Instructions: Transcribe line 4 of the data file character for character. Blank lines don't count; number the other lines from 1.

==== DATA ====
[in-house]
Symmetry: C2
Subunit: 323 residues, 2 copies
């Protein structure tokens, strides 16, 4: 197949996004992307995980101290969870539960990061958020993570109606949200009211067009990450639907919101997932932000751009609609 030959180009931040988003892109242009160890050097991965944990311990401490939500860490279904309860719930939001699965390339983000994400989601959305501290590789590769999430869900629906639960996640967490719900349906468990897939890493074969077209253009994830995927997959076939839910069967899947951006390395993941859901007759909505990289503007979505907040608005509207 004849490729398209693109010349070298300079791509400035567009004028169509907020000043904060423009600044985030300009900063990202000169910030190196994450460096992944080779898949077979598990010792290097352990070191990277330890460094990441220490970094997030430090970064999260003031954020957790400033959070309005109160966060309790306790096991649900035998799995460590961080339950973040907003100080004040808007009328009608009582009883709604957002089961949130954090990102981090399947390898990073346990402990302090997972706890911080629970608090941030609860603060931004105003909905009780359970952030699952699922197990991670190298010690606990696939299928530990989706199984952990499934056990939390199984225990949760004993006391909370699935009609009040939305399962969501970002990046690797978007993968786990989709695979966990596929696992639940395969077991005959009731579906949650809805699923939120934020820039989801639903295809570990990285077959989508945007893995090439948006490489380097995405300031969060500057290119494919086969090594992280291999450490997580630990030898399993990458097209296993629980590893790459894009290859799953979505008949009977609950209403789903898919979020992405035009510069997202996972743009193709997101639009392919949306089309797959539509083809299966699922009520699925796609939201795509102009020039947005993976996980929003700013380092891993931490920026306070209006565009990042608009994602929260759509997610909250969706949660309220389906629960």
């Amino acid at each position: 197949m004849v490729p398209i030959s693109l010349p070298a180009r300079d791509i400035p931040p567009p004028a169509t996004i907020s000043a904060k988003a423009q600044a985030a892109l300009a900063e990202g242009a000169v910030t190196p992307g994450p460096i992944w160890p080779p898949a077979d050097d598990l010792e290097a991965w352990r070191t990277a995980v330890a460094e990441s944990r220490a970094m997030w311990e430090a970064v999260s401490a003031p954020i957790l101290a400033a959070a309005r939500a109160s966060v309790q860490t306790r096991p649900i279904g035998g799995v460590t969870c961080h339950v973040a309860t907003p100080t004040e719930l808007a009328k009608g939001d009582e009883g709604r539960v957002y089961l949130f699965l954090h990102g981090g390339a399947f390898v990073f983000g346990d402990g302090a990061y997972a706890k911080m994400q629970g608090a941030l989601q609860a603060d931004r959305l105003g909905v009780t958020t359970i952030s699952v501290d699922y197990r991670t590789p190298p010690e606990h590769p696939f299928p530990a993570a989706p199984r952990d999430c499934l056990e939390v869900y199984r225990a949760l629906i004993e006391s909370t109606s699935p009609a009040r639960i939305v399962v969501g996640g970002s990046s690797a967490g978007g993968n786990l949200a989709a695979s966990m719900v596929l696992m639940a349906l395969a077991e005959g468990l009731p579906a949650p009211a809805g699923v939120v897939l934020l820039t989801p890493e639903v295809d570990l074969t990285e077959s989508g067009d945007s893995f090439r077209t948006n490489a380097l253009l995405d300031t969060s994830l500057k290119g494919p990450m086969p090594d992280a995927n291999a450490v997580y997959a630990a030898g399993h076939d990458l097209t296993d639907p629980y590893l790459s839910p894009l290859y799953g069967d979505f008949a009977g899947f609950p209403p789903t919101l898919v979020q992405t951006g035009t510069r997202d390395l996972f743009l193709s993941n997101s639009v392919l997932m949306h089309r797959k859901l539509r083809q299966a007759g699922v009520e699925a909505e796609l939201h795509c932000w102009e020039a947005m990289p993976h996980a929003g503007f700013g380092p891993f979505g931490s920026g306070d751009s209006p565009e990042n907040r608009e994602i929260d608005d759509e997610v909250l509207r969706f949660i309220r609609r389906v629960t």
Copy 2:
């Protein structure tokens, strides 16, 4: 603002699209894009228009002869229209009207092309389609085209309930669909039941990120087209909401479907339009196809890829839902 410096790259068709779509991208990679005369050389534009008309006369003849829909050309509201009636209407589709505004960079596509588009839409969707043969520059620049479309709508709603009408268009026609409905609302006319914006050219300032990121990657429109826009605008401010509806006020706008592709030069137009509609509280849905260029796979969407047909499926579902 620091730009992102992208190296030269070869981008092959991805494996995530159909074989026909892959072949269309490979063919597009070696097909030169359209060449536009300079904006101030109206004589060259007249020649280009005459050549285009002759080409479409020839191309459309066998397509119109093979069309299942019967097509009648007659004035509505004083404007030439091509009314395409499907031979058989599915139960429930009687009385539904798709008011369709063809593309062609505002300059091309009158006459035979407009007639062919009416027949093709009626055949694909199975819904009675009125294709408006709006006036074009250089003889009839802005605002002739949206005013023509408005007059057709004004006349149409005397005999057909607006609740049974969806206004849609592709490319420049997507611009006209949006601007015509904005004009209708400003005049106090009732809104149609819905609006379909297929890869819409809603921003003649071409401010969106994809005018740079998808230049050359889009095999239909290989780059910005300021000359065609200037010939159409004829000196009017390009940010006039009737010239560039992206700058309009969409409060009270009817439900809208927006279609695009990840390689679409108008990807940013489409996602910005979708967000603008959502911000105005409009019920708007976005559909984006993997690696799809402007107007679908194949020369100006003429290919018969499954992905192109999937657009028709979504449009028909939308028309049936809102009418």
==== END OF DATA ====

């Protein structure tokens, strides 16, 4: 197949996004992307995980101290969870539960990061958020993570109606949200009211067009990450639907919101997932932000751009609609 030959180009931040988003892109242009160890050097991965944990311990401490939500860490279904309860719930939001699965390339983000994400989601959305501290590789590769999430869900629906639960996640967490719900349906468990897939890493074969077209253009994830995927997959076939839910069967899947951006390395993941859901007759909505990289503007979505907040608005509207 004849490729398209693109010349070298300079791509400035567009004028169509907020000043904060423009600044985030300009900063990202000169910030190196994450460096992944080779898949077979598990010792290097352990070191990277330890460094990441220490970094997030430090970064999260003031954020957790400033959070309005109160966060309790306790096991649900035998799995460590961080339950973040907003100080004040808007009328009608009582009883709604957002089961949130954090990102981090399947390898990073346990402990302090997972706890911080629970608090941030609860603060931004105003909905009780359970952030699952699922197990991670190298010690606990696939299928530990989706199984952990499934056990939390199984225990949760004993006391909370699935009609009040939305399962969501970002990046690797978007993968786990989709695979966990596929696992639940395969077991005959009731579906949650809805699923939120934020820039989801639903295809570990990285077959989508945007893995090439948006490489380097995405300031969060500057290119494919086969090594992280291999450490997580630990030898399993990458097209296993629980590893790459894009290859799953979505008949009977609950209403789903898919979020992405035009510069997202996972743009193709997101639009392919949306089309797959539509083809299966699922009520699925796609939201795509102009020039947005993976996980929003700013380092891993931490920026306070209006565009990042608009994602929260759509997610909250969706949660309220389906629960």